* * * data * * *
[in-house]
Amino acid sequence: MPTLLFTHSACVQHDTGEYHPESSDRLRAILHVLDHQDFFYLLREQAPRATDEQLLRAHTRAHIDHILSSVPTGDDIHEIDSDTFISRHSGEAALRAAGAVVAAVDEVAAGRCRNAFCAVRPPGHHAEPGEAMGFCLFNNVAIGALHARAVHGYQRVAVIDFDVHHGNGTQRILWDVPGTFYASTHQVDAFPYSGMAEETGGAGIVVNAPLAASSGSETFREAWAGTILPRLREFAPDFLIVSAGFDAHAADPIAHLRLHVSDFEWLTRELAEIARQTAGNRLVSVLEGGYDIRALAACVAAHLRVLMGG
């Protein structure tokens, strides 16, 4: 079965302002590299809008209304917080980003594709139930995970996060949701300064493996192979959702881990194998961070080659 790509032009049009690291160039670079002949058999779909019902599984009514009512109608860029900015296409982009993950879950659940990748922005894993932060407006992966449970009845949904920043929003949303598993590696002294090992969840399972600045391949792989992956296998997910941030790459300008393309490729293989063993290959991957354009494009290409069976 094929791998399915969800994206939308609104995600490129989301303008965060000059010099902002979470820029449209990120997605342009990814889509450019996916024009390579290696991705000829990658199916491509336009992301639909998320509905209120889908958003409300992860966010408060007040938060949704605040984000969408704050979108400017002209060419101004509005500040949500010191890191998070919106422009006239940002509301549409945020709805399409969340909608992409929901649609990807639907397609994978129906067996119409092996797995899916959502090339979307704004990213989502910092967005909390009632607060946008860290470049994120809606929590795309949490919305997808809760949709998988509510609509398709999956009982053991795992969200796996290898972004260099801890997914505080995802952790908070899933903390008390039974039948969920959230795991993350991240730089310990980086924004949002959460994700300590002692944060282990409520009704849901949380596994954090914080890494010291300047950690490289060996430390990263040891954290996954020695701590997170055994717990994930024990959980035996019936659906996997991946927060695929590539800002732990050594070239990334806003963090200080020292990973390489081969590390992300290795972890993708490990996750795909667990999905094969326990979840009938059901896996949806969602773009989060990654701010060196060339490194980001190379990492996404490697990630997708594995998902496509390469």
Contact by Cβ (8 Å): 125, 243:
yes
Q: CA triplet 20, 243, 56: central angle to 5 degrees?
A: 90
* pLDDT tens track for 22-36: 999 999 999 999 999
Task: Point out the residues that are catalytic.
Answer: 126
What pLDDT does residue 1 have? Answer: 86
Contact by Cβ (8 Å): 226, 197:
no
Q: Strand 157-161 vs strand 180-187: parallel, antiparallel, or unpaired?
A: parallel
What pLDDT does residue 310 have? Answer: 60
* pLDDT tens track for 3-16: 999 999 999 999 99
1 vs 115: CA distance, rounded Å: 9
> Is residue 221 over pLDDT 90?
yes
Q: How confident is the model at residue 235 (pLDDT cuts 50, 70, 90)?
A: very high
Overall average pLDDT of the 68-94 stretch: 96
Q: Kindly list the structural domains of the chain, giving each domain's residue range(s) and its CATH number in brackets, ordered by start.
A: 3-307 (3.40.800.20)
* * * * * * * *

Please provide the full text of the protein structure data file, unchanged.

[in-house]
Amino acid sequence: MPTLLFTHSACVQHDTGEYHPESSDRLRAILHVLDHQDFFYLLREQAPRATDEQLLRAHTRAHIDHILSSVPTGDDIHEIDSDTFISRHSGEAALRAAGAVVAAVDEVAAGRCRNAFCAVRPPGHHAEPGEAMGFCLFNNVAIGALHARAVHGYQRVAVIDFDVHHGNGTQRILWDVPGTFYASTHQVDAFPYSGMAEETGGAGIVVNAPLAASSGSETFREAWAGTILPRLREFAPDFLIVSAGFDAHAADPIAHLRLHVSDFEWLTRELAEIARQTAGNRLVSVLEGGYDIRALAACVAAHLRVLMGG
């Protein structure tokens, strides 16, 4: 079965302002590299809008209304917080980003594709139930995970996060949701300064493996192979959702881990194998961070080659 790509032009049009690291160039670079002949058999779909019902599984009514009512109608860029900015296409982009993950879950659940990748922005894993932060407006992966449970009845949904920043929003949303598993590696002294090992969840399972600045391949792989992956296998997910941030790459300008393309490729293989063993290959991957354009494009290409069976 094929791998399915969800994206939308609104995600490129989301303008965060000059010099902002979470820029449209990120997605342009990814889509450019996916024009390579290696991705000829990658199916491509336009992301639909998320509905209120889908958003409300992860966010408060007040938060949704605040984000969408704050979108400017002209060419101004509005500040949500010191890191998070919106422009006239940002509301549409945020709805399409969340909608992409929901649609990807639907397609994978129906067996119409092996797995899916959502090339979307704004990213989502910092967005909390009632607060946008860290470049994120809606929590795309949490919305997808809760949709998988509510609509398709999956009982053991795992969200796996290898972004260099801890997914505080995802952790908070899933903390008390039974039948969920959230795991993350991240730089310990980086924004949002959460994700300590002692944060282990409520009704849901949380596994954090914080890494010291300047950690490289060996430390990263040891954290996954020695701590997170055994717990994930024990959980035996019936659906996997991946927060695929590539800002732990050594070239990334806003963090200080020292990973390489081969590390992300290795972890993708490990996750795909667990999905094969326990979840009938059901896996949806969602773009989060990654701010060196060339490194980001190379990492996404490697990630997708594995998902496509390469």
Contact by Cβ (8 Å): 125, 243:
yes
Q: CA triplet 20, 243, 56: central angle to 5 degrees?
A: 90
* pLDDT tens track for 22-36: 999 999 999 999 999
Task: Point out the residues that are catalytic.
Answer: 126
What pLDDT does residue 1 have? Answer: 86
Contact by Cβ (8 Å): 226, 197:
no
Q: Strand 157-161 vs strand 180-187: parallel, antiparallel, or unpaired?
A: parallel
What pLDDT does residue 310 have? Answer: 60
* pLDDT tens track for 3-16: 999 999 999 999 99
1 vs 115: CA distance, rounded Å: 9
> Is residue 221 over pLDDT 90?
yes
Q: How confident is the model at residue 235 (pLDDT cuts 50, 70, 90)?
A: very high
Overall average pLDDT of the 68-94 stretch: 96
Q: Kindly list the structural domains of the chain, giving each domain's residue range(s) and its CATH number in brackets, ordered by start.
A: 3-307 (3.40.800.20)